"The frequent flier program knows me better than almost anyone in my private life."

People who work for others seem to pine after the freedom working for themselves might bring. They imagine self-determination elevated to full liberation: no time card, no mindless meetings, no clueless supervisor, no stomach-turning Tuesday special in the company cafeteria. The other side of that equation struggles to equal its counterpoint. Liberty's not always all it's cracked up to be. In practice, independent contracting not quite like what it seemed to promise. The cost of that liberty comes out of the shallower pockets, those you hardly noticed when still laboring under that much-maligned thumb. Most prominent, the isolation mocking the once-aspired for freedom. One learns to accept the freedom to arrive long after a Sunday sunset, to find the rental car agency unaided, to navigate the dark, damp freeway to another anonymous exit, to gratefully accept the 'free' upgrade to a swankier room, to decide that supper won't seem worth stepping out into the dankness again. The 'free' breakfast following the pre-dawn stint in the 'executive' workout 'club' might garner a couple of almost heart-felt "good mornings" from a fellow guest or an over-enthusiastic staff member. Time left to knot the necktie, grab the knapsack, and try to remember what rental car you parked in that lot last night and where you parked it.

You join the commute, identical to every other commute you ever made except you have little idea where you are. Is this Cleveland or Omaha?
You find the local jazz station to surround yourself with something familiar, and let your mind wander to the subject that attracted you here. This morning, you'll finally meet that client you've been telephone chatting with for weeks. She'll warmly welcome you while you wonder whether your first impression matches the expectations she's constructed in anticipation. She'll offer coffee and you'll decline. She might escort you on a short tour through the place, introducing you to people whose names you will not remember when you reconnect with them later, but you might well remember forever after this week. You'll always remember the faces, though.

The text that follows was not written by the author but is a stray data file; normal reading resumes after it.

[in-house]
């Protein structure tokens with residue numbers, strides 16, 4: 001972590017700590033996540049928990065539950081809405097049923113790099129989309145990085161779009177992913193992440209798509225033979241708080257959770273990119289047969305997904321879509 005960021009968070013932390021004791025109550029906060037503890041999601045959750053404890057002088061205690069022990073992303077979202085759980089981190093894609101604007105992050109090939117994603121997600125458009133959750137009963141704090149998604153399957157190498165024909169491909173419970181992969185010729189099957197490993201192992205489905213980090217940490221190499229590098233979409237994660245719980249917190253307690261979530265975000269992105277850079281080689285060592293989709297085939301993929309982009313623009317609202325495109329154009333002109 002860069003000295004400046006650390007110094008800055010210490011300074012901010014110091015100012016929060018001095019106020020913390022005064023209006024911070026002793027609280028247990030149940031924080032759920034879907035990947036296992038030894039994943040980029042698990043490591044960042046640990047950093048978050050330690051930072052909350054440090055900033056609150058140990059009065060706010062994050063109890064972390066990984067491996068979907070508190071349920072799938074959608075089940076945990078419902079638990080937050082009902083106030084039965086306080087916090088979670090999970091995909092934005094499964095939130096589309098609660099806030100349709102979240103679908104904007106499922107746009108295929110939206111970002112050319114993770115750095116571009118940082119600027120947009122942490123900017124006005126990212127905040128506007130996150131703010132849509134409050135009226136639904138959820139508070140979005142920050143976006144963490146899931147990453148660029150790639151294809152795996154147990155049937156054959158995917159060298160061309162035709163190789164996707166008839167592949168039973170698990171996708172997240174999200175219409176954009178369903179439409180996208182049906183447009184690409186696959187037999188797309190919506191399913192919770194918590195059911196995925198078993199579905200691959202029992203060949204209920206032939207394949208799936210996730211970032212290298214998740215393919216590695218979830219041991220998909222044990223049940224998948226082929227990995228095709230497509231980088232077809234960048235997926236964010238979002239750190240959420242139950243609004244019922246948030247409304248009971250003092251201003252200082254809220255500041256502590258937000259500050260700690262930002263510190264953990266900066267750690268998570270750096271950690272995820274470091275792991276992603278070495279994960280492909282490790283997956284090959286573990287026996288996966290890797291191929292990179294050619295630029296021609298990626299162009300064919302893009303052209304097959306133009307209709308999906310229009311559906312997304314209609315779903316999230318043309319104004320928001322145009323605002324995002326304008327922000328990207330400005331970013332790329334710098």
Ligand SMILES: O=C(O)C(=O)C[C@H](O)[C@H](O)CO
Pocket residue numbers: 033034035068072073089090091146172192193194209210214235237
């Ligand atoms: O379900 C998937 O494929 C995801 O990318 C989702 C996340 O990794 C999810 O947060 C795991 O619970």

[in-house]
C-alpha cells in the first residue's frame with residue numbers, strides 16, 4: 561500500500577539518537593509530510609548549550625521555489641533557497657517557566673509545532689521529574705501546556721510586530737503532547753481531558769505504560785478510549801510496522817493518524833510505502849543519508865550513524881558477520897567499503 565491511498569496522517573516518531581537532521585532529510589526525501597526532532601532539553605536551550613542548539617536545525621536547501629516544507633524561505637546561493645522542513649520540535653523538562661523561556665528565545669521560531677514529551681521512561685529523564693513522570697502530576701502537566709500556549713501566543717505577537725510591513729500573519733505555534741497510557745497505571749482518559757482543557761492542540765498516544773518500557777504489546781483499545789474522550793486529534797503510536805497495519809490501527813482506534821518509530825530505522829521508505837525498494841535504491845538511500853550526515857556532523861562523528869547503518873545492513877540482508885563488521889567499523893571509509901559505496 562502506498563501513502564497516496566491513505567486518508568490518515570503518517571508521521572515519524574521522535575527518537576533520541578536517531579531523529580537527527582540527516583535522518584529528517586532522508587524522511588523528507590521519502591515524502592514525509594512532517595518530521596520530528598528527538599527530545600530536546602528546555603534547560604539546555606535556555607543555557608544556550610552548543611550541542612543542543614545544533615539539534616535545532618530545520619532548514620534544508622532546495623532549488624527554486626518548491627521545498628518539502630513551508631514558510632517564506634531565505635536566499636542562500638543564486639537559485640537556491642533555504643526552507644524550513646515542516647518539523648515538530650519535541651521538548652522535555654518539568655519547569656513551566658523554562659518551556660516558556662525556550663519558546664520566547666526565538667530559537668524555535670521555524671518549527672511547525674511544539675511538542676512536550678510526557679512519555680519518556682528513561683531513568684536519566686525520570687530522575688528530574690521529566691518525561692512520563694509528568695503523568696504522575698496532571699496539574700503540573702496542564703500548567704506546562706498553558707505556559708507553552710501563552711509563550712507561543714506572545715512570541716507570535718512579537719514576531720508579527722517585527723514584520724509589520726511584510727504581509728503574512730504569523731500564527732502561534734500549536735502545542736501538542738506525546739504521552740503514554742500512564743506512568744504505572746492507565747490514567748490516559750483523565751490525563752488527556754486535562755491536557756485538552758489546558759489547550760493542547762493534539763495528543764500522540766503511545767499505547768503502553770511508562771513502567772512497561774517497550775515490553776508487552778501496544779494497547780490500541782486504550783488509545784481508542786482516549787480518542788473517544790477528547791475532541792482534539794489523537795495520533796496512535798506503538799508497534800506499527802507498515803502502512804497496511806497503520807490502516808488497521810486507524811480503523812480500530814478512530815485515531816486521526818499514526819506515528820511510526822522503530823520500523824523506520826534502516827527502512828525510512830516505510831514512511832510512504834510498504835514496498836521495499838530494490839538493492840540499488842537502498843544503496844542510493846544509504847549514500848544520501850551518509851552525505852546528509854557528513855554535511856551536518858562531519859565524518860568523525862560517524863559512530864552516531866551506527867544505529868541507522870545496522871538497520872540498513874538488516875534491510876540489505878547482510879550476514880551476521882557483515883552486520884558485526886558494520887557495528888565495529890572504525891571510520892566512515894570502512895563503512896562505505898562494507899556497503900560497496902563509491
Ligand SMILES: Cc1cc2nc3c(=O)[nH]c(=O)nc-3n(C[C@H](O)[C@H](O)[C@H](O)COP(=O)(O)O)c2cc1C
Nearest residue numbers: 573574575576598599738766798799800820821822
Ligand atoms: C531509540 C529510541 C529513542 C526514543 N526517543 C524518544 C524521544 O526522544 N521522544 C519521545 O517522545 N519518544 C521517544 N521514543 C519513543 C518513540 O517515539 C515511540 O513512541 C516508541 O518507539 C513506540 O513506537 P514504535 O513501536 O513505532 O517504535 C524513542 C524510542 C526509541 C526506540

You'll spend half the morning sequestered with the client in her office. Small talk should progressively stand taller as you disclose to each other, dropping preconceptions in favor of more present and personal experience. During that first hour, the client might discover that she's hired the stupidest consultant she could have ever imagined. If she doesn't stumble upon this unaided, I'll finally tell her, reflecting that it will be what we decide to do then, now that we've uncovered this unsettling truth, which will determine the ultimate quality of this engagement. Her self-diagnosis suddenly seems unworkable. My notions of what this situation might require from me likewise crumble. We hit that first wall together.

The basic requirement for becoming a viable constultant seems to be a radical acceptance of radical acceptance. Of course the client can't quite describe their difficulty. Of course their hired gun can't quite target their phantom. A certain desperation seems to need to settle over the engagement before anything more enlivening can take over. Conversation seems to be the primary mechanism for wrestling these dilemmas to ground. Not so much the constultant holding forth and certainly not the client commanding, but a form of communication less focused, more rambling than that, accompanied with strong stomachs able to digest what's not really supposed to be swallowed anywhere. Can we look the difficulty in the face without running for immediate safety? I disclose that I'm an idiot to help my client more quickly accept that they're an idiot, too. Genius eludes us until we find that common ground.

The isolation becomes a near constant. Arriving home after sunset on Friday with luggage filled with dirty laundry, almost none of the engagement remains. The stories I could tell suffer from the lack of a witness. You just had to be there, and even I, who was there, might doubt my recollection in the absence of a credible observer. The frequent flier program knows me better than almost anyone in my private life. I'm on a first name basis with the airport parking shuttle bus driver and almost nobody else. Saturday morning will find me fetching last week's shirts while dropping off next week's batch. Saturday night supper will serve as Sunday dinner since by Sunday afternoon, I'll already be on another flight back into the land of radical acceptance and the world of not yet limited possibilities. Will it be Cleveland or Omaha this week?

©2019 by David A. Schmaltz - all rights reserved

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